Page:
Akha are the largest of the hill tribe groups, and originated in Tibet and Southern China, before they migrated to Burma, Laos and Thailand.
The video above is of Akha women in full traditional dress, dancing at the Hill Tribe Cultural & Sunflower Festival, Doi Hua Mae Kham, Chiang Rai province (Nov 2010)
Perhaps the most impoverished of the hill tribes, they’ve in the main staunchly resisted incorporation into Thai culture and religious interference. Their preference is to live at elevations of 1,200 meters above sea-level. Carved wooden gates (Spirit Gateway), presided over by guardian spirits, are constructed within their villages to protect them from evil spirits.
The Akha live in raised houses, within which one small room is set aside for paying respect to their ancestors. The Akha speak a Lolo-Burmese language, but with no written form, its difficult to accurately trace their history. The Akha are closely bound by tribal culture and have developed a rich oral literature tradition in which elders can recite their ancestral names going back 50 generations! A highland tribe, the Akhas have been forced by necessity to move into the lowland hills and valleys for agricultural land. They wear beautifully embroidered jackets and exquisite headsets – especially when selling trinkets to tourists!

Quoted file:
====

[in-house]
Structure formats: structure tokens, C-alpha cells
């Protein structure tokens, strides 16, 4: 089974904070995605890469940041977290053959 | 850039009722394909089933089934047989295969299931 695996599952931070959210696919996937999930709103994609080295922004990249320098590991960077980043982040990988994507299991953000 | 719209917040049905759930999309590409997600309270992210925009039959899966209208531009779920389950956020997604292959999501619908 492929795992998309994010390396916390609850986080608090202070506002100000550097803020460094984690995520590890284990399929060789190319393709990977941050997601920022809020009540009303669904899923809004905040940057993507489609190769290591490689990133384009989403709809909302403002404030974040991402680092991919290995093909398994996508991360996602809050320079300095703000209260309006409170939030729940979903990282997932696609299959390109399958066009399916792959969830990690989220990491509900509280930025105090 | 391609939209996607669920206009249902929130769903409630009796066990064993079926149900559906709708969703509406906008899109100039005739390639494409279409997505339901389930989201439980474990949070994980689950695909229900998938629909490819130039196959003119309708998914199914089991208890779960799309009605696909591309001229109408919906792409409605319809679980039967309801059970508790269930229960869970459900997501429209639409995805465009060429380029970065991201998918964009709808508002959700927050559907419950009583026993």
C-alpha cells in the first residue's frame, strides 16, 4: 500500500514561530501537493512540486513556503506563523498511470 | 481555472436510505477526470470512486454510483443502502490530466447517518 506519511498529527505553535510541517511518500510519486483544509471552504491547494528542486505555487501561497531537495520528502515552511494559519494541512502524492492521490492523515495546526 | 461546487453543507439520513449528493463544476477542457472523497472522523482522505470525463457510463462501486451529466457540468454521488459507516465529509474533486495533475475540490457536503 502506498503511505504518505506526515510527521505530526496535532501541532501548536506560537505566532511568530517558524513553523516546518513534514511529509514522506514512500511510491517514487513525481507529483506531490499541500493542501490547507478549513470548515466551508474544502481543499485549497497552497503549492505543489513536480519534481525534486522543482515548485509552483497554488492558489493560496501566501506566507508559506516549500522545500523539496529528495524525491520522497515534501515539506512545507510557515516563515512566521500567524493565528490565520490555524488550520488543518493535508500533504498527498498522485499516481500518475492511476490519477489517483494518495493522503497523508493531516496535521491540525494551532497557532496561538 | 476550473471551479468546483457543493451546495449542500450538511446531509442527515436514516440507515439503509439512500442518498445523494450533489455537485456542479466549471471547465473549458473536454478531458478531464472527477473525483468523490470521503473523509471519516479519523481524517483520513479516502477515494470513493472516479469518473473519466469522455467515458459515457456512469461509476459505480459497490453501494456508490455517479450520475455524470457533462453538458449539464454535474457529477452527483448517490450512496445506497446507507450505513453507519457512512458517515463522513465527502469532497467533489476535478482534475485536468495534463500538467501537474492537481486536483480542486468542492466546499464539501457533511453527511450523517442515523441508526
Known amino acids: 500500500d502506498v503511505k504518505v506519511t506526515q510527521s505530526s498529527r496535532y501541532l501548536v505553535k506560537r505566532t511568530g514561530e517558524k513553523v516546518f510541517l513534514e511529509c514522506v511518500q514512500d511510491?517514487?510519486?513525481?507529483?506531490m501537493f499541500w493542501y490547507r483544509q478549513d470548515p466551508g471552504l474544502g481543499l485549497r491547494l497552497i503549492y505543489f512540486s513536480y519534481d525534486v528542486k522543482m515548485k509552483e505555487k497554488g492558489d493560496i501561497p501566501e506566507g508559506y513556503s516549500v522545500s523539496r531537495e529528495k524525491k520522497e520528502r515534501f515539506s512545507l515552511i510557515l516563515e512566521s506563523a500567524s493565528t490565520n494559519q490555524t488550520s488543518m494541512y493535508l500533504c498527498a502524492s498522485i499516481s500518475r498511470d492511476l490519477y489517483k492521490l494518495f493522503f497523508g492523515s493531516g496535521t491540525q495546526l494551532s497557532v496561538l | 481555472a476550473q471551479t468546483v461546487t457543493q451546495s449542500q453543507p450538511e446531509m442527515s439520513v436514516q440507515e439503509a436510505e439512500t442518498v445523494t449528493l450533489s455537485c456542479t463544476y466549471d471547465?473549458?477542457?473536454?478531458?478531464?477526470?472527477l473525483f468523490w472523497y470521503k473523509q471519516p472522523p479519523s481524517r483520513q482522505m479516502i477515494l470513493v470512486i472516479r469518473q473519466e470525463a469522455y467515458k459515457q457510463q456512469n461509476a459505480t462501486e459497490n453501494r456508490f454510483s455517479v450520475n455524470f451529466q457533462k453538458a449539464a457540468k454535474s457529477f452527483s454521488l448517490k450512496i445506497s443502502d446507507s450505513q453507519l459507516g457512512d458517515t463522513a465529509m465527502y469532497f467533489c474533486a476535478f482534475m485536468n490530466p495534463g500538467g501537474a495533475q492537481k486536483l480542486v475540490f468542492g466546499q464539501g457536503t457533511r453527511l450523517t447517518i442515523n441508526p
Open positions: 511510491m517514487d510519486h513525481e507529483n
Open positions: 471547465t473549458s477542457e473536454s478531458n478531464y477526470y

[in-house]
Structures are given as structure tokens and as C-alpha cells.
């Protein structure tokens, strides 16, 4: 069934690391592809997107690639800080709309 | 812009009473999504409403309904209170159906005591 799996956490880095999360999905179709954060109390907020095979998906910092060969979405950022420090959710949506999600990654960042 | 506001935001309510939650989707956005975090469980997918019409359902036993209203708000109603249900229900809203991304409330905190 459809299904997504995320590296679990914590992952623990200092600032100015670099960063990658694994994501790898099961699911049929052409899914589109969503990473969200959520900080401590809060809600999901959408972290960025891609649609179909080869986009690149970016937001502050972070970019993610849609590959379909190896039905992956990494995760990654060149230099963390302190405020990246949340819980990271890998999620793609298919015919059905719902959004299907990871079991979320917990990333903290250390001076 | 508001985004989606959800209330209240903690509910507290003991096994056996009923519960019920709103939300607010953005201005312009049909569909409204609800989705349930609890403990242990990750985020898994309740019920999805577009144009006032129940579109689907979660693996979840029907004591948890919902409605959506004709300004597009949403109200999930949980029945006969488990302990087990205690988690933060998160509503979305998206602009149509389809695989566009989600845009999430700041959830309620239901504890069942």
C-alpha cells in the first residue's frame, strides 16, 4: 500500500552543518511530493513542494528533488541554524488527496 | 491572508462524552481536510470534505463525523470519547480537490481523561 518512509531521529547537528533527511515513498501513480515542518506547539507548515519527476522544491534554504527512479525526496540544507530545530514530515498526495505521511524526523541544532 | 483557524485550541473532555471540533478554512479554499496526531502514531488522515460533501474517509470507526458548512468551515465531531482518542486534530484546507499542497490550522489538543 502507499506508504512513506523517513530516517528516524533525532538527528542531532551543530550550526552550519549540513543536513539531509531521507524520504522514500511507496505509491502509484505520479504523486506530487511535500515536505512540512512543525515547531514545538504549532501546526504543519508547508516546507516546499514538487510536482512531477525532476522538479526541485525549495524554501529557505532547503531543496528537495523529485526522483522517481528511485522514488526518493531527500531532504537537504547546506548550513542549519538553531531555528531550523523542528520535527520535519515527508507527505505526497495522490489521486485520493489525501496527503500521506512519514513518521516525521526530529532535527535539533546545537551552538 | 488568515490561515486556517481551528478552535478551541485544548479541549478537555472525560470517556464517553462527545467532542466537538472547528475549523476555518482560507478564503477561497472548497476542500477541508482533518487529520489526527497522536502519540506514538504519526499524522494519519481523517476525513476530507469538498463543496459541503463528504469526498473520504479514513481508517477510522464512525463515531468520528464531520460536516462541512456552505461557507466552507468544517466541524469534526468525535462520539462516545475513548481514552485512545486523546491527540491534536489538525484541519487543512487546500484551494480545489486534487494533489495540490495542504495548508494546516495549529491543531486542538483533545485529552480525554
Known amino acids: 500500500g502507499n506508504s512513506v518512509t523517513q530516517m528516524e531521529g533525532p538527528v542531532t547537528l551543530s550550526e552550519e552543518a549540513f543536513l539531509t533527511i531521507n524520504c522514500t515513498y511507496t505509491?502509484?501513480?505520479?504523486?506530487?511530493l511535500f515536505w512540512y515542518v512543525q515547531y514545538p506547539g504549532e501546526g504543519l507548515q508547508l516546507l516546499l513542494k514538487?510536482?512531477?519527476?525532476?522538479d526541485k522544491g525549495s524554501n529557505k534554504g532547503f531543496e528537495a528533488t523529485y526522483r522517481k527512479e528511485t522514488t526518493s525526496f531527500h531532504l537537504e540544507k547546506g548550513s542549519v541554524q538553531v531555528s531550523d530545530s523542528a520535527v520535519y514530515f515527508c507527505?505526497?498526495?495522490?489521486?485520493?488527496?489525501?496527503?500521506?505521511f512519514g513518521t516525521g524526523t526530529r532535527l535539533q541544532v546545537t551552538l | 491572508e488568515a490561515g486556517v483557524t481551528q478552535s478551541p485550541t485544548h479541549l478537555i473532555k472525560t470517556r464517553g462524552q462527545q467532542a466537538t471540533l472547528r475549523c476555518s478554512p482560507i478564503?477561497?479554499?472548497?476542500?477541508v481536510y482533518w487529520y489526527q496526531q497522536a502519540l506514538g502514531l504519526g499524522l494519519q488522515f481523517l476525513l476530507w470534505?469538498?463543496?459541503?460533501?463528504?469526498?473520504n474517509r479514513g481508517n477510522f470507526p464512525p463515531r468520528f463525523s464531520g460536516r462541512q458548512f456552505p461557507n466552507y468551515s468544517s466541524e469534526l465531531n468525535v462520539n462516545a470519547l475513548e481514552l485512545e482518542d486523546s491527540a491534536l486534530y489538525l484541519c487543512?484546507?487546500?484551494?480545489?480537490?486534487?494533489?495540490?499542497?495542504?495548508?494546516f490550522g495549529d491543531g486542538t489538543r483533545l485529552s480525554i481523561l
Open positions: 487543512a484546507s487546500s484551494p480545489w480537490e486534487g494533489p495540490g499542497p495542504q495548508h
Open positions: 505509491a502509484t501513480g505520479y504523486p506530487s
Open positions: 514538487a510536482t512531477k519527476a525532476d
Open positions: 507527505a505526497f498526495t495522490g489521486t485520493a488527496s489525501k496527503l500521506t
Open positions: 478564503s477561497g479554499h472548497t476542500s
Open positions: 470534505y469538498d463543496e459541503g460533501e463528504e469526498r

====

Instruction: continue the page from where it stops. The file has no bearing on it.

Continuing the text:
Akha ladies are skilled and tenacious salewomen!
The Akha have been in north Thailand for approximately 100 years, their first settlement is thought to have been established north-west of Doi Mae Salong, at Thoed Thai. The focal point of community life is the open ground at the village centre. Here, the village celebrates major festivals such as New Year, and the Giant Swing. Young men and women come to meet and mingle in this area, carefully watched by village elders. More reading; Overview – History